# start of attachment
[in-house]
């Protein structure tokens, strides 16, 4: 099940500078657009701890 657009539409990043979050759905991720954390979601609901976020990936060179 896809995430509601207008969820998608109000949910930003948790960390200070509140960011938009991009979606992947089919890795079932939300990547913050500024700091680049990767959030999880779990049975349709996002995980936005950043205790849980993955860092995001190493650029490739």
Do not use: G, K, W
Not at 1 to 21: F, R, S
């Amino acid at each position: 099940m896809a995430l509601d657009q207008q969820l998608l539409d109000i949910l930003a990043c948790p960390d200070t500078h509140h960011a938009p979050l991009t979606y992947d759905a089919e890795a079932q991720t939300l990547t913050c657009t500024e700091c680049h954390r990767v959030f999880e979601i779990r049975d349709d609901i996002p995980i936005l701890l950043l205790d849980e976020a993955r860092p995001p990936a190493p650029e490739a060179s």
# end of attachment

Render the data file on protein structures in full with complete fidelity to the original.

[in-house]
């Protein structure tokens, strides 16, 4: 099940500078657009701890 657009539409990043979050759905991720954390979601609901976020990936060179 896809995430509601207008969820998608109000949910930003948790960390200070509140960011938009991009979606992947089919890795079932939300990547913050500024700091680049990767959030999880779990049975349709996002995980936005950043205790849980993955860092995001190493650029490739």
Do not use: G, K, W
Not at 1 to 21: F, R, S
């Amino acid at each position: 099940m896809a995430l509601d657009q207008q969820l998608l539409d109000i949910l930003a990043c948790p960390d200070t500078h509140h960011a938009p979050l991009t979606y992947d759905a089919e890795a079932q991720t939300l990547t913050c657009t500024e700091c680049h954390r990767v959030f999880e979601i779990r049975d349709d609901i996002p995980i936005l701890l950043l205790d849980e976020a993955r860092p995001p990936a190493p650029e490739a060179s």